|This is not an iPad. It is also not an
Globalization is no longer the Western world’s ethical quandary.
The biggest story in globalization this week has been the saga of Mike Daisey, the storyteller who posed as a journalist in a theatrical monologue about working conditions in Apple’s factories in the People’s Republic of China. Daisey, who has now been outed as a fabulist, lied about his visits to China and what he saw there, greatly exaggerating the misery in the places that manufacture iPhones, iPads, and the other accoutrements of the smart set.
The discovery of Daisey’s fabrications prompted This American Life to retract a segment of the show that Daisey had based on his monologue. Yet most of the debate in the Mac blogosphere (yes, there is such a thing, and many, many people read Mac blogs as avidly as sports blogs) has focused over the question of whether Daisey got to the essential truth about Apple products. Ira Glass put it best in his discussion with New York Times correspondent Charles Duhigg:
Ira Glass: But to get to the normative question that’s kind of underlying all the reporting and all the discussion of this, the thing that we all want to know when we hear this is like, “Wait, should I feel bad about [conditions in Apple’s factories]?” As somebody who owns these products, should I feel bad? And I don’t know that I feel so bad when, when I hear this.
Charles Duhig: … And that argument is there were times in this nation when we had harsh working conditions as part of our economic development. We decided as a nation that that was unacceptable. We passed laws in order to prevent those harsh working conditions from ever being inflicted on American workers again.
And what has happened today is that rather than exporting that standard of life, which is within our capacity to do, we have exported harsh working conditions to another nation.
So should you feel bad that someone is working 12 to 24 hours a day in order to produce the iPhone that you’re carrying in your pocket—
Ira Glass: Well, now like, when you say it like that, suddenly I feel bad again, but okay, yeah. [laughter]
This isn’t the place to reprise the arguments in praise of cheap labor. Instead, what I want to do is dispense with the notion that the alleged exploitation of Chinese workers is an ethical problem uniquely for Westerners.
The hidden assumption in ethical debates over globalization has always been that Westerners export crappy jobs to poor countries and benefit from those laws. But that’s an outmoded, 1990s way of thinking about the problem. In the 21st century, the key insight is that Chinese consumers are benefitting just as much or more from the displacement of Western manufacturing to China.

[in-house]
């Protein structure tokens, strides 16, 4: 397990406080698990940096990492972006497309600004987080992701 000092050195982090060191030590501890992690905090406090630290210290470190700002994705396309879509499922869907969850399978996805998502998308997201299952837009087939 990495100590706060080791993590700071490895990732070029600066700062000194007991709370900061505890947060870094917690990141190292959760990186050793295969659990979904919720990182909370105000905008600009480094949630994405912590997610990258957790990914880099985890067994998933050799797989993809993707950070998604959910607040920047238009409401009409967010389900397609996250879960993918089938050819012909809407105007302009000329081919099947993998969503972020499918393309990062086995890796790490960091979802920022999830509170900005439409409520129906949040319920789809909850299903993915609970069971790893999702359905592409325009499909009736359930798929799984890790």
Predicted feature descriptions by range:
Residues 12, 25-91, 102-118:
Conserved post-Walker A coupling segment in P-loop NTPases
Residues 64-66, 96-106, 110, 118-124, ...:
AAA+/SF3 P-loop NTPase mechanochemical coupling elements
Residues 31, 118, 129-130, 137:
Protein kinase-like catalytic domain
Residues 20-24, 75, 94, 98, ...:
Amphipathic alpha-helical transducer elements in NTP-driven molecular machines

The prompt for this is a report that new activations of devices running the iOS operating system (which powers the iPod, iPhone, and iPad) is now taking place at a greater pace in China than in the USA. MacNewsNetwork has the story. It’s a simple reminder of the fact that Ira Glass is not the only person to have an iPhone in his pocket. Now, in fact, it’s more likely that the iPad sold last week was activated in China by a Chinese owner than in America by an American.
That’s a real shift in the ethical debate over globalization. No longer are working conditions in factories the sole concern of Western activists. Quite the contrary. Transnational activism is now likely to be much less important in determining labor standards in “Third World” countries than domestic activism. Given that increasing wealth means that there will be increasing resources to fund reform movements within developing countries, transnational activism is now more likely to be a simple exercise in paternalism. After all, if the manufacturing and the consumption of these goods are both taking place within one country, then the international dimension of ethical debate is now much less important.
(Let’s take a second to remind ourselves just how much richer individual Chinese are now than they were even 20 years ago:
This is the growth curve for a country that will soon be able to sustain its own ethical activism.)
So, enough with the ethical solipsism. It’s time for a more robust framework of ethical debate over globalization that takes into account the manifold complications of an incompletely developed world, one in which many Shanghainese are wealthier than many Londoners. To pretend that this is an issue of the “West” and the “Rest” is to dismiss the ethical agency (and perhaps responsibility) of developing-country consumers and governments.